Eustace gives us our first clue as to the children’s true fate, when he talks about the train giving an ‘awful jerk’.

Tirian and Jewel are really close friends. Lewis greatly admired and cherished friendship. He wrote about it, for example in The Four Loves, where he is as quotable as ever: ‘Friendship is unnecessary, like philosophy, like art…. It has no survival value; rather it is one of those things which give value to survival.’ His brother Warnie was his closest friend, but he had very close friendships with others, too, notably the Inklings. Wisely, Jewel regrets nothing. He knows that there’s one path each life takes, and trusts that his is the right one. Regret can’t change the past and makes the present miserable.

Shift’s descent into alcoholism is spelled out here. He’s now the puppet of the others. If event’s weren’t altered by Tirian’s actions in this chapter, I wouldn’t like his odds of surviving for long.

I think the moment when Shift announces to the Narnians that a donkey has dressed as ‘Tashlan’, thereby discrediting Tirian and his friends, endangering Puzzle, escaping justice, and dashing the reader’s hopes, is one of the saddest, most gut-wrenching in the entire Narniad. It still makes me feel annoyed now. He’s a really despicable villain: he’s amoral. He’s a traitor. He’s outsmarted and outmanoeuvred the rightful king and his allies, which goes against all our expectations of how the story should progress.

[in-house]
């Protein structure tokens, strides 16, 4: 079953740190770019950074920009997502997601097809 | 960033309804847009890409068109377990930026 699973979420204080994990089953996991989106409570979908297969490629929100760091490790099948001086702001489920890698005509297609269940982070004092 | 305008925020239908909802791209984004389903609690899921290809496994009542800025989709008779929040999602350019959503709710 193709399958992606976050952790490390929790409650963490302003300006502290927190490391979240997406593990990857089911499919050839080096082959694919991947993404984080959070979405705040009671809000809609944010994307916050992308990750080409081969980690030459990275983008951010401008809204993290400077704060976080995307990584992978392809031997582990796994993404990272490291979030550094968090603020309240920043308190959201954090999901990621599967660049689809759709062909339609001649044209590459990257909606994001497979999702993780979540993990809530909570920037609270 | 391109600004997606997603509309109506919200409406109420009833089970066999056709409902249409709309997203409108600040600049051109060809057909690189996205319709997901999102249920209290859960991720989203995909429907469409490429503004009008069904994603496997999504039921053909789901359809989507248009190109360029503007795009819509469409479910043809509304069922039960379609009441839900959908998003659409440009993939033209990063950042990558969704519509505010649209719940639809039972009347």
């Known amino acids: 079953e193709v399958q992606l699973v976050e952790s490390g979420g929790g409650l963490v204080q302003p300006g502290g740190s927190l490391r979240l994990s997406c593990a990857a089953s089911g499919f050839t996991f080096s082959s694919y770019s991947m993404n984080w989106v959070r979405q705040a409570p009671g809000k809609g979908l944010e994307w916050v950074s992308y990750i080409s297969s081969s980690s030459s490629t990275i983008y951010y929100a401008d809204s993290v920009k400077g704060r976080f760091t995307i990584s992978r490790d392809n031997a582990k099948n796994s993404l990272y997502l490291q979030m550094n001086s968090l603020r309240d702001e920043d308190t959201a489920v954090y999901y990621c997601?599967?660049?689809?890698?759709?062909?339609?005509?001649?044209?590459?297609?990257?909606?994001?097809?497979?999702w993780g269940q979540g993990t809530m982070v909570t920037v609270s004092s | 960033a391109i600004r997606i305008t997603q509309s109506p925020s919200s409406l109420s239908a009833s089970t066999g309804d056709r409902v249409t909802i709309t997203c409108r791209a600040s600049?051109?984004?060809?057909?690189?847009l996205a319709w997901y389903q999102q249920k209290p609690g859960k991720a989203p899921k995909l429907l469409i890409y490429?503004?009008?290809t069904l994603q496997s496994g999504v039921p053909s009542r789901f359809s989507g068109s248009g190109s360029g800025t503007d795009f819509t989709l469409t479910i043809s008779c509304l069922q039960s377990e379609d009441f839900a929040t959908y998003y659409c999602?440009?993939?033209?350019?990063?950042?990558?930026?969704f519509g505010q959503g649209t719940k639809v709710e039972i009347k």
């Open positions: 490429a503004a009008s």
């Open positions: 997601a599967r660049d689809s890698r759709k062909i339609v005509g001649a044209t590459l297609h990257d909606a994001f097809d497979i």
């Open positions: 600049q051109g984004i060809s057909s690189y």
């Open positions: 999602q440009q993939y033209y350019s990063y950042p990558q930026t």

Narnia re-read. The Last Battle Chapter eight. What news the Eagle brought.

Synopsis: The companions see Tash. Farsight the eagle brings terrible news.

I now have to admit just how ‘sensitive’ I was as a small child. The image of Tash – used at the start of this chapter and at the top of this post – terrified me. I was genuinely scared of it. I memorised where it was in the book, and would quickly turn to the next page, skipping it. (Sometimes, if I was feeling brave, I might peel back the corner of the page and peek at it.) In my defence I was only about six. And it is pretty unpleasant.

Tash is like the polar opposite to Aslan. Aslan brings light, a sweet smell and a feeling of happiness with him wherever he goes. Tash brings darkness, the smell of death, and fear with him. When I was younger I used to wonder whether the Calormenes felt cheated by their god. Didn’t they want a loving, lovely god? Aslan is implicitly the ‘god’ of Narnia, but we never hear anything about churches, shrines icons or temples dedicated to him. Tash, on the other hand,  has magnificent temples, altars and priceless statues of himself in Tashbaan.